Tuesday, 3 November 2009

the awful truth

that you can't reveal to the ears of youth

a prize for the first to say where that line comes from and to give me the next line

I was referring though to Mr Salter's "campaign" he puffs here. He says he has been campaigning since 2004 for the Youth Parliament to sit in the Commons Chamber. Maybe, though he doesn't say what he has actually done. Anyway, it is now going to happen, and a jolly good thing too, say I. Mr S. says that not only should they debate in Parliament, but that Parliament should listen. Except that he, er, isn't going to. He won't be there. And far from listening, he is meeting one of the Youth Parliament's leading lights beforehand to tell him or her what to say. Oh dear. How wrong can you get it?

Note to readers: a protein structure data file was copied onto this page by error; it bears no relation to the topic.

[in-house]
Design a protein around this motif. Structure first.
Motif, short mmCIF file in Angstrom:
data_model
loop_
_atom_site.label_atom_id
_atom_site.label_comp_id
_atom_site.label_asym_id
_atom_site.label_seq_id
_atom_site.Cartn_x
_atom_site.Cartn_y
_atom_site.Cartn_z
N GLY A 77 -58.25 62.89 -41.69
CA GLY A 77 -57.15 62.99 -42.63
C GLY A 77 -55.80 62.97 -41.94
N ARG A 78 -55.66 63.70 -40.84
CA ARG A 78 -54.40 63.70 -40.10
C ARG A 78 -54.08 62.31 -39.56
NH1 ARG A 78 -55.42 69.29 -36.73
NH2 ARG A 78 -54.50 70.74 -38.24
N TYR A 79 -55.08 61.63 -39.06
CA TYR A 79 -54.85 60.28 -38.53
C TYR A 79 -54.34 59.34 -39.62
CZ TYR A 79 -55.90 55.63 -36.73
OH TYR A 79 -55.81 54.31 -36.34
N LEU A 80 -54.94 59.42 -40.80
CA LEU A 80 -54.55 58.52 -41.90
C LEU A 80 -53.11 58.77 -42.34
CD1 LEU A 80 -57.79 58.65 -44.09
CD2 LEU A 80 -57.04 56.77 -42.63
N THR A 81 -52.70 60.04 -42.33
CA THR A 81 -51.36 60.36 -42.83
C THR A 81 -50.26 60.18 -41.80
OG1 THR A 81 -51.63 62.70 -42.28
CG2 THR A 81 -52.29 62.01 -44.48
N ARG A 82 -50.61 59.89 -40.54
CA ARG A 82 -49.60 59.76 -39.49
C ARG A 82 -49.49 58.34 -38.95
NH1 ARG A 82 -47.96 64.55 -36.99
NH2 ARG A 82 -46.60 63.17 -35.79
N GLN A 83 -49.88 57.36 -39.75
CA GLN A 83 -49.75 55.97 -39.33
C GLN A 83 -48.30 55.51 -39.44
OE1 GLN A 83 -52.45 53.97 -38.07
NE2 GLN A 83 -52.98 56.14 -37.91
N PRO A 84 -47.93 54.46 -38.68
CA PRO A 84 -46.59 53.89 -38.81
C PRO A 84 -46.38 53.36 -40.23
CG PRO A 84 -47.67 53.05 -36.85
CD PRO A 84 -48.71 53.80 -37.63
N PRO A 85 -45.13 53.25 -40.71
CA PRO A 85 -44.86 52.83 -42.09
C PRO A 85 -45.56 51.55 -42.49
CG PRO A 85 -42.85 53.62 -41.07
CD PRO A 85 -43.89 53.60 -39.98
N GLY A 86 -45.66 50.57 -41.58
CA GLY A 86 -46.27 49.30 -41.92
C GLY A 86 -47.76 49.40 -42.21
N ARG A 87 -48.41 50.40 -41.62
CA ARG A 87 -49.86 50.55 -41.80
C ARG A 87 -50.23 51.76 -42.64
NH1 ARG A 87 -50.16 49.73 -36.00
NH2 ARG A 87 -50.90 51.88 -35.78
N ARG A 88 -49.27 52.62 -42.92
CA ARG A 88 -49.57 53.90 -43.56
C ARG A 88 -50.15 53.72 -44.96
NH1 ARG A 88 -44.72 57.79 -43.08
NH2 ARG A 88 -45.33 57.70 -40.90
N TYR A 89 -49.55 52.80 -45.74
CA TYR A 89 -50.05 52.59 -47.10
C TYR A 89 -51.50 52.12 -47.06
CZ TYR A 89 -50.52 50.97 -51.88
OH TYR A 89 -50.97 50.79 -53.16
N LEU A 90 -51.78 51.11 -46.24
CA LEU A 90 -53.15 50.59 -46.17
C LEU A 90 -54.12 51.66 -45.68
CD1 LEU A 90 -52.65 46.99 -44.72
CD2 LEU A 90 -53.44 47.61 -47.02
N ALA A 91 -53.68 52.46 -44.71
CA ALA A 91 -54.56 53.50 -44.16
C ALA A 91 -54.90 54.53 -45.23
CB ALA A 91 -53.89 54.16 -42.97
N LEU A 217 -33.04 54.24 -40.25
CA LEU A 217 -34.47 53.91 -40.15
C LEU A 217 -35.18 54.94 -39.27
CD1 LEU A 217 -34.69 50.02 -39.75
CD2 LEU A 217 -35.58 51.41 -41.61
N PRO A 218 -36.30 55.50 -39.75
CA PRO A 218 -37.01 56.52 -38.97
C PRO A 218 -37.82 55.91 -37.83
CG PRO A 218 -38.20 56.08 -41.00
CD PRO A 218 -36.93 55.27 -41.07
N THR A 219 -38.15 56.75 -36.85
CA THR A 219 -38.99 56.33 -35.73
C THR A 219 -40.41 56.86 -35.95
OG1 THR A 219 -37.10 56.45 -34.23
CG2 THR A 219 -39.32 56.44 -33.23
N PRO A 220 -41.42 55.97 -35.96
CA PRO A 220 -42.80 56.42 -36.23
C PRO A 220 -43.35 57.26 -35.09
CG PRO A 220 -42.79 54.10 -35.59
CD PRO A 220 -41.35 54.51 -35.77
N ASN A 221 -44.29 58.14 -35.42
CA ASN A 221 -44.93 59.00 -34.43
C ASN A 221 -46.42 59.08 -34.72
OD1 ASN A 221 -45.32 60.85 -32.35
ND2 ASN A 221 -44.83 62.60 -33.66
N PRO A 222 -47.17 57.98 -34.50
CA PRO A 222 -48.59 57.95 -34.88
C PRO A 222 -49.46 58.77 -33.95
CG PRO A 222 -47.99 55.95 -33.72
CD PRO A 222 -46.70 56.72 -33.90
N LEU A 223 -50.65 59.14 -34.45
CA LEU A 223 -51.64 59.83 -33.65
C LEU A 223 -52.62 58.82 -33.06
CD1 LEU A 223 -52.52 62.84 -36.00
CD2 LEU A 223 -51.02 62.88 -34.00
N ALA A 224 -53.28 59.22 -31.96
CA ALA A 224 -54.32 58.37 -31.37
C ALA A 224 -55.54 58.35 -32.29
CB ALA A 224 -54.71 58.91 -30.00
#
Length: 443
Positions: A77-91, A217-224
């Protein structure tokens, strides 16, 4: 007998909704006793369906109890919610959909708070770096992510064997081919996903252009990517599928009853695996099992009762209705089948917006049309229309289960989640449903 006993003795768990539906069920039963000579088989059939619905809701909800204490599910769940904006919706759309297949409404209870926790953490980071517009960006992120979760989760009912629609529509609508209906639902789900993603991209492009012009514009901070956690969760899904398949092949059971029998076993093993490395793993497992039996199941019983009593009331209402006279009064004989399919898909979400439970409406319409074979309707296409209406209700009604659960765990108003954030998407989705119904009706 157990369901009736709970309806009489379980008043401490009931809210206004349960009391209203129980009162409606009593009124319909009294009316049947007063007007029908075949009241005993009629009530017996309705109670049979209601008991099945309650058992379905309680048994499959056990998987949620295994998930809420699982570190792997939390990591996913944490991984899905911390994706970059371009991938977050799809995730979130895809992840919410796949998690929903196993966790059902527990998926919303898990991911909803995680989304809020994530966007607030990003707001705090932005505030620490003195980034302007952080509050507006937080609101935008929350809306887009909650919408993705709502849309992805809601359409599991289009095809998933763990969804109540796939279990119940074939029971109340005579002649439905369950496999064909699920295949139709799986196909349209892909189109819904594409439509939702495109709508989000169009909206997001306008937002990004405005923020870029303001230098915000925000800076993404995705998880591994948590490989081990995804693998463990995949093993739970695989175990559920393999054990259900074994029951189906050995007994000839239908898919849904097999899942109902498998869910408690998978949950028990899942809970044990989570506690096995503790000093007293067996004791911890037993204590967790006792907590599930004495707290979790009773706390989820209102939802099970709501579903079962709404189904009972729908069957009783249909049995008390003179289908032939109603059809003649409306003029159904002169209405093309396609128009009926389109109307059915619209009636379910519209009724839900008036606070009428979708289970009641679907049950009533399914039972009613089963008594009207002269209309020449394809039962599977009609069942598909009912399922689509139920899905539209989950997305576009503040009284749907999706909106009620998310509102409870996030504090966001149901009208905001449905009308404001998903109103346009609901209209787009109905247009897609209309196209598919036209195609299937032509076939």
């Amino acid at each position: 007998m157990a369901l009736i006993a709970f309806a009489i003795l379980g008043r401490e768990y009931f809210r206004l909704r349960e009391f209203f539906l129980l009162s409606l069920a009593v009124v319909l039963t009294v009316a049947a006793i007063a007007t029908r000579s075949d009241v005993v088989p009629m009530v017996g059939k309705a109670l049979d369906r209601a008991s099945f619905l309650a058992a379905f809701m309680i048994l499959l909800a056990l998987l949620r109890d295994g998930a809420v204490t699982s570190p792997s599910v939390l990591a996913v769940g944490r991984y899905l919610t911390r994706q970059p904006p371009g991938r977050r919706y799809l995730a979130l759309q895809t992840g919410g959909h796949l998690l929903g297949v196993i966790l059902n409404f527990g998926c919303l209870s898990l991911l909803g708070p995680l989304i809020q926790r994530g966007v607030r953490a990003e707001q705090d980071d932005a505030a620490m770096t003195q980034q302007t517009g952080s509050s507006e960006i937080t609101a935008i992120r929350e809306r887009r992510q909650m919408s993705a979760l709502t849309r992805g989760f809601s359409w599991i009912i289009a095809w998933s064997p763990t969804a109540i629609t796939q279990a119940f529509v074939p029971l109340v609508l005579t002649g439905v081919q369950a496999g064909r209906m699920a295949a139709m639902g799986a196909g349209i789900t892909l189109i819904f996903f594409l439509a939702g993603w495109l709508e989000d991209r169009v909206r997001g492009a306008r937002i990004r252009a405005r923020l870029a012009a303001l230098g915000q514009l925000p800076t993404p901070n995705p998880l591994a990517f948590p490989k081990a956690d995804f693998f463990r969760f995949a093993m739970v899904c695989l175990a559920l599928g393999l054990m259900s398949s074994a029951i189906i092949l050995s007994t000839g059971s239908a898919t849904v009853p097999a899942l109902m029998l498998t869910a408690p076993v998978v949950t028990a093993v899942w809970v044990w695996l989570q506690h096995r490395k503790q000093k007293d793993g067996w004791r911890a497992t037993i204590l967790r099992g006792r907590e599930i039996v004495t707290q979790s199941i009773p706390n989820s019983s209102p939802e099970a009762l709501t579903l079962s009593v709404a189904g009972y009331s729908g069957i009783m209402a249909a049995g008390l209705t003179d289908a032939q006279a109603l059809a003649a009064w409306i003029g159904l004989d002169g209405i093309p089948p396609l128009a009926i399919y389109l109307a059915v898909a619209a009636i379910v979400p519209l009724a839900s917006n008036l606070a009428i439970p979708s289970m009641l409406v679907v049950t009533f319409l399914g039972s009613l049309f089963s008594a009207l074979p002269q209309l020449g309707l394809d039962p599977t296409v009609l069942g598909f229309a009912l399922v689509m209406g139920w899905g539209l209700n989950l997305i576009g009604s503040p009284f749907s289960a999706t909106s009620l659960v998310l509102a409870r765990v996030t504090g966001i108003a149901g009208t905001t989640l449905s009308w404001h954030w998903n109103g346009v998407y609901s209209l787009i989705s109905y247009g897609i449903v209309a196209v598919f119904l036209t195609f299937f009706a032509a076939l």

Oh and I have changed my mind. To save you Googling the line, the next one is:

Except to say it isn't worth a damn


Anonymous said...

I'm afraid the practice - rather than the idea, of the Youth Parliament is very irritating.
Locally and, it seems, at Westminster, they stick doggedly to the old chestnuts: entertainment/activities for young people/tuition fees/free transport for young people .

Does a magic light flash at, say 26 and then programme them onto showing an interest in other issues?

And local papers always call them 'Youth MPs' which is excruciating because they are not and it is yet another example of the fact that people don't know what the job of an MP is.

Jonny said...

I believe it is Mr Cohen. Last Orders or Closing Time or something like that?

jane said...

Mr Cohen it is. Closing Time. And the men they dance on the polka dots...